Boosting your child’s immune system


With schools closed for the rest of the academic year due to the coronavirus outbreak, many parents are asking themselves: What can we do now to keep our children healthy during the summer break? Is there any way to boost the immune system to ward off COVID- 19 and other illnesses?

Yes, but there are no magic potions or magic pills. To keep the immune system healthy, you need to take certain steps to keep yourself healthy. It’s tried and tested.

Here’s what you can do to help keep your children healthy this school year.

Make sure they get a healthy diet

A healthy diet means one that has lots of fruits and vegetables, whole grains, and lean proteins. Healthy eating includes dairy products and other sources of calcium, and healthy fat sources like vegetable oils.

Avoid processed foods, foods with too much added sugar, and foods containing unhealthy fats, like the ones found in animal products.That doesn’t mean your child can never eat cookies or ice cream, but they need to learn that these foods aren’t always good for them. If you want your child to be healthy they shouldn’t eat those foods every day but if you want them to be healthy they shouldn’t avoid those foods entirely.

Many supplements claim to boost your immune systems. Most of them don’t actually make a big difference, but they’re not harmful either. If your child refuses vegetables or has a limited diet, taking a multi-vitamin with iron may be a good idea. Talk to your doctor about whether vitamin or supplement use is a good idea for your kid.

Make sure they get sufficient rest.

Children need sleep to refresh and re­charge their bodies just like adults do. The amount of sleep children need varies by age (from twelve to sixteen hours a day for infants, to eight to ten hours for teenagers), and also from child to adult (some just need more sleep than others). You can encourage healthy sleeping habits by limiting screen time and keeping to a regular sleep schedule.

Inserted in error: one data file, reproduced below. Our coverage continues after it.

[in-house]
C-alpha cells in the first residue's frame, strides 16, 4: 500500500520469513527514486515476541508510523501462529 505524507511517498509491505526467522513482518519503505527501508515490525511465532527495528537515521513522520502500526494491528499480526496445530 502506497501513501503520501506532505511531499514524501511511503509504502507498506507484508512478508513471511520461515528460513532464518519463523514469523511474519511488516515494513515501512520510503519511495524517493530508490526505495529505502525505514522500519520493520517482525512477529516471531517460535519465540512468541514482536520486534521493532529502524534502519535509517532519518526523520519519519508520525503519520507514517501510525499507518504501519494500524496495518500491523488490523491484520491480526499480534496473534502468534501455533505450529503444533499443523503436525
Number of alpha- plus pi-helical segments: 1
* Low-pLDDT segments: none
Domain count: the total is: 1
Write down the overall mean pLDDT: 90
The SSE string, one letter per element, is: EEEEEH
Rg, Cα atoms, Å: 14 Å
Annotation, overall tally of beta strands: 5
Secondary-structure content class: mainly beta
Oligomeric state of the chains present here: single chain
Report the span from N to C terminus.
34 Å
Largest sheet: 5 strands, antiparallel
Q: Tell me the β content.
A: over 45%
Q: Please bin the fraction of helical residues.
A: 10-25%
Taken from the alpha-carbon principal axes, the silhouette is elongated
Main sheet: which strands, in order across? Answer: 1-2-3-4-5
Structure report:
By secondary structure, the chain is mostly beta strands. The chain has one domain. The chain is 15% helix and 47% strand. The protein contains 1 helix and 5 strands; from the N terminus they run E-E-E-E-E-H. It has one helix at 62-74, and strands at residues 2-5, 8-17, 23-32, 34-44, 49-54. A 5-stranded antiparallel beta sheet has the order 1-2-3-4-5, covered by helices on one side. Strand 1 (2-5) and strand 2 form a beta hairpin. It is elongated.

Get them active

Regular exercise helps keep us healthy and less likely get sick. Children should really be physically active for an hour a daily. “Physical activity” doesn’t have necessarily mean playing sports or going to the gym. It could be playing at the park or walking around the neighborhood. More is not always better. If you have a child who plays sports, exercises several hours a day, be sure that the exercise doesn’t eat into sleep or cause burnout, both of these things could cause problems with the body’s immune system. As for that…

Manage stress

Stress makes us less physically fit and more prone to illness. Make sure that kids get time to play, and access things that make them happy (whatever version of that the pandemics allows). Spend time together as family, and create opportunities to talk about things that may be bothering them. During the coronavirus pandemic, many children have become depressed or anxious, so talk to your doctor if you have concerns about their moods or emotional health.

Make sure they are up to date on important vaccines

Immunizations protect us against all sorts of diseases. Talk to your doctor to see if you need to get your child up to date on immunization shots. Influenza vaccine is recommended yearly for everyone aged six months or older. It will be especially important this year because of the combination of influenza and coronavirus. Every cold symptom this winter will mean lost school or work while we wait for test results. Please, vaccinate everyone in the family who is eligible against coronavirus. It is safe and makes a huge difference when it comes to avoiding serious illness.

Don’t forget the simple precautions

Everyone in the family could take simple precautions to keep themselves healthy. Wash your hands. Cover your coughs, sneezes, and runny noses with your elbow. Avoid sick people as far as possible. Masks can also help, especially when there are lots of people around.

If your child has an illness that might make it harder for them to fight off an infection—such as a weakened immune system—talk to your doctor about any additional or different precautions you should consider taking.

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